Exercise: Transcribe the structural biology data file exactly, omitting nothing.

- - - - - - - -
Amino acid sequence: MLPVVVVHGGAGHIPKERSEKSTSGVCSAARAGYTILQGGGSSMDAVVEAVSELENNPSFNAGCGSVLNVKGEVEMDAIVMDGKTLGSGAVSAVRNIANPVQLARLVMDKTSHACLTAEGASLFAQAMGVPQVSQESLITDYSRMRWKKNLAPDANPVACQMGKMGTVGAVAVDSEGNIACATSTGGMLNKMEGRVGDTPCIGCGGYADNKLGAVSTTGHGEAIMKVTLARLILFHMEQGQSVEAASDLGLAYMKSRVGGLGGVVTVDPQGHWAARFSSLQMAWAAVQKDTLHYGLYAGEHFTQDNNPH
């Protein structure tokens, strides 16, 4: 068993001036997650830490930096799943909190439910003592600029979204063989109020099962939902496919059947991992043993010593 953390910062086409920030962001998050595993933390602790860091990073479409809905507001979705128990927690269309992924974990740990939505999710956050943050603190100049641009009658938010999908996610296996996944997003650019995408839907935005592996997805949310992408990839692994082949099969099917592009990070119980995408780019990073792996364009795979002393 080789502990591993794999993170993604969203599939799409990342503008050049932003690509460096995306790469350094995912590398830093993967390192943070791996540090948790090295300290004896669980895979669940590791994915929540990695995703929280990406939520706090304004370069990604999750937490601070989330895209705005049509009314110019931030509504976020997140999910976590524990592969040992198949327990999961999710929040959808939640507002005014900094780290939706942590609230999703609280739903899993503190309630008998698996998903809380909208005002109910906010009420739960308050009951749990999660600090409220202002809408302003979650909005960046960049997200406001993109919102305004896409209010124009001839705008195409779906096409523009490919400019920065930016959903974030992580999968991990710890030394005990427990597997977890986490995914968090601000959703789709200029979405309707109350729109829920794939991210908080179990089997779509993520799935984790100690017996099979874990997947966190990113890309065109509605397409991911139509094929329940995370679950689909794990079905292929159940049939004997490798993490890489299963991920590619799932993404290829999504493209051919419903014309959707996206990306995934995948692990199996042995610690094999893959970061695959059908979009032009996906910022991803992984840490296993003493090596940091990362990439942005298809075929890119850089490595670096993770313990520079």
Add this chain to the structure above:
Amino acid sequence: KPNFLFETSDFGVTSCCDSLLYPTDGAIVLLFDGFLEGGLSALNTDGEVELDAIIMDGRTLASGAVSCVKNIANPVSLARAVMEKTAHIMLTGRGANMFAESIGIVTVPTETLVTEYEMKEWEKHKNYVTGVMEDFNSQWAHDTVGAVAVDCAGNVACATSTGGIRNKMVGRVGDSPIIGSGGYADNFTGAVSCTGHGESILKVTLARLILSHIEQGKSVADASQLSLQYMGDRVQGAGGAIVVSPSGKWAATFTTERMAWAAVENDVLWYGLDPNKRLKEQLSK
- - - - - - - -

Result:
Amino acid sequence: MLPVVVVHGGAGHIPKERSEKSTSGVCSAARAGYTILQGGGSSMDAVVEAVSELENNPSFNAGCGSVLNVKGEVEMDAIVMDGKTLGSGAVSAVRNIANPVQLARLVMDKTSHACLTAEGASLFAQAMGVPQVSQESLITDYSRMRWKKNLAPDANPVACQMGKMGTVGAVAVDSEGNIACATSTGGMLNKMEGRVGDTPCIGCGGYADNKLGAVSTTGHGEAIMKVTLARLILFHMEQGQSVEAASDLGLAYMKSRVGGLGGVVTVDPQGHWAARFSSLQMAWAAVQKDTLHYGLYAGEHFTQDNNPH
């Protein structure tokens, strides 16, 4: 068993001036997650830490930096799943909190439910003592600029979204063989109020099962939902496919059947991992043993010593 953390910062086409920030962001998050595993933390602790860091990073479409809905507001979705128990927690269309992924974990740990939505999710956050943050603190100049641009009658938010999908996610296996996944997003650019995408839907935005592996997805949310992408990839692994082949099969099917592009990070119980995408780019990073792996364009795979002393 080789502990591993794999993170993604969203599939799409990342503008050049932003690509460096995306790469350094995912590398830093993967390192943070791996540090948790090295300290004896669980895979669940590791994915929540990695995703929280990406939520706090304004370069990604999750937490601070989330895209705005049509009314110019931030509504976020997140999910976590524990592969040992198949327990999961999710929040959808939640507002005014900094780290939706942590609230999703609280739903899993503190309630008998698996998903809380909208005002109910906010009420739960308050009951749990999660600090409220202002809408302003979650909005960046960049997200406001993109919102305004896409209010124009001839705008195409779906096409523009490919400019920065930016959903974030992580999968991990710890030394005990427990597997977890986490995914968090601000959703789709200029979405309707109350729109829920794939991210908080179990089997779509993520799935984790100690017996099979874990997947966190990113890309065109509605397409991911139509094929329940995370679950689909794990079905292929159940049939004997490798993490890489299963991920590619799932993404290829999504493209051919419903014309959707996206990306995934995948692990199996042995610690094999893959970061695959059908979009032009996906910022991803992984840490296993003493090596940091990362990439942005298809075929890119850089490595670096993770313990520079």
Add this chain to the structure above:
Amino acid sequence: KPNFLFETSDFGVTSCCDSLLYPTDGAIVLLFDGFLEGGLSALNTDGEVELDAIIMDGRTLASGAVSCVKNIANPVSLARAVMEKTAHIMLTGRGANMFAESIGIVTVPTETLVTEYEMKEWEKHKNYVTGVMEDFNSQWAHDTVGAVAVDCAGNVACATSTGGIRNKMVGRVGDSPIIGSGGYADNFTGAVSCTGHGESILKVTLARLILSHIEQGKSVADASQLSLQYMGDRVQGAGGAIVVSPSGKWAATFTTERMAWAAVENDVLWYGLDPNKRLKEQLSK